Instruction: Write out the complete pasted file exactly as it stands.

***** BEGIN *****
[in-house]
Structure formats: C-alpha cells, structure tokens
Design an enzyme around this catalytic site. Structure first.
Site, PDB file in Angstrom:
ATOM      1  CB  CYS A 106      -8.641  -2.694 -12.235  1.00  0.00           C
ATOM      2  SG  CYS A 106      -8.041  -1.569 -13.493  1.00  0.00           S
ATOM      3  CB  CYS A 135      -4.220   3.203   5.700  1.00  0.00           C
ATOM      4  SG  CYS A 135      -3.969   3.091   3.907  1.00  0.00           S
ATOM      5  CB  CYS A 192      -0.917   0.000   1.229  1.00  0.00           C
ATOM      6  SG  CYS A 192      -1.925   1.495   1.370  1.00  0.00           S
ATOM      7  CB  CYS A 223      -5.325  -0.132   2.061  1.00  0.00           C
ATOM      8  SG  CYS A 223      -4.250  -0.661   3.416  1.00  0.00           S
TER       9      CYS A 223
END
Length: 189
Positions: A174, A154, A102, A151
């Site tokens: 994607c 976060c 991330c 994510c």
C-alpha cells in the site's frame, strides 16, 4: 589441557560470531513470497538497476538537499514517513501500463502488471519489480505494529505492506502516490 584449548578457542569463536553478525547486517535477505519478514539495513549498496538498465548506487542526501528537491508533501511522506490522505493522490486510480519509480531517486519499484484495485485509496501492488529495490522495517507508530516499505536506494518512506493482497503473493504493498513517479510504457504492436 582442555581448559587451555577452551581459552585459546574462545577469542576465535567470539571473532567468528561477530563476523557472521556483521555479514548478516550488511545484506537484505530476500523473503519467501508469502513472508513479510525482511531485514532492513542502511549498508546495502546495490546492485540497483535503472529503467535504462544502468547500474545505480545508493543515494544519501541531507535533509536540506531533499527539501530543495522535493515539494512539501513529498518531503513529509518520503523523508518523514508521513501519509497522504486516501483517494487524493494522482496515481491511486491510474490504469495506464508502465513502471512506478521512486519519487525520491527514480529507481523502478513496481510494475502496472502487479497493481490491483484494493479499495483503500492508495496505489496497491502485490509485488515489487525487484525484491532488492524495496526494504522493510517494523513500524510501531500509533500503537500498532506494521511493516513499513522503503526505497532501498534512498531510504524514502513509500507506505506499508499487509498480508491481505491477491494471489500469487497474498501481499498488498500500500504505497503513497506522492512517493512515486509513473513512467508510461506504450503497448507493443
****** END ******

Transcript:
[in-house]
Structure formats: C-alpha cells, structure tokens
Design an enzyme around this catalytic site. Structure first.
Site, PDB file in Angstrom:
ATOM      1  CB  CYS A 106      -8.641  -2.694 -12.235  1.00  0.00           C
ATOM      2  SG  CYS A 106      -8.041  -1.569 -13.493  1.00  0.00           S
ATOM      3  CB  CYS A 135      -4.220   3.203   5.700  1.00  0.00           C
ATOM      4  SG  CYS A 135      -3.969   3.091   3.907  1.00  0.00           S
ATOM      5  CB  CYS A 192      -0.917   0.000   1.229  1.00  0.00           C
ATOM      6  SG  CYS A 192      -1.925   1.495   1.370  1.00  0.00           S
ATOM      7  CB  CYS A 223      -5.325  -0.132   2.061  1.00  0.00           C
ATOM      8  SG  CYS A 223      -4.250  -0.661   3.416  1.00  0.00           S
TER       9      CYS A 223
END
Length: 189
Positions: A174, A154, A102, A151
């Site tokens: 994607c 976060c 991330c 994510c």
C-alpha cells in the site's frame, strides 16, 4: 589441557560470531513470497538497476538537499514517513501500463502488471519489480505494529505492506502516490 584449548578457542569463536553478525547486517535477505519478514539495513549498496538498465548506487542526501528537491508533501511522506490522505493522490486510480519509480531517486519499484484495485485509496501492488529495490522495517507508530516499505536506494518512506493482497503473493504493498513517479510504457504492436 582442555581448559587451555577452551581459552585459546574462545577469542576465535567470539571473532567468528561477530563476523557472521556483521555479514548478516550488511545484506537484505530476500523473503519467501508469502513472508513479510525482511531485514532492513542502511549498508546495502546495490546492485540497483535503472529503467535504462544502468547500474545505480545508493543515494544519501541531507535533509536540506531533499527539501530543495522535493515539494512539501513529498518531503513529509518520503523523508518523514508521513501519509497522504486516501483517494487524493494522482496515481491511486491510474490504469495506464508502465513502471512506478521512486519519487525520491527514480529507481523502478513496481510494475502496472502487479497493481490491483484494493479499495483503500492508495496505489496497491502485490509485488515489487525487484525484491532488492524495496526494504522493510517494523513500524510501531500509533500503537500498532506494521511493516513499513522503503526505497532501498534512498531510504524514502513509500507506505506499508499487509498480508491481505491477491494471489500469487497474498501481499498488498500500500504505497503513497506522492512517493512515486509513473513512467508510461506504450503497448507493443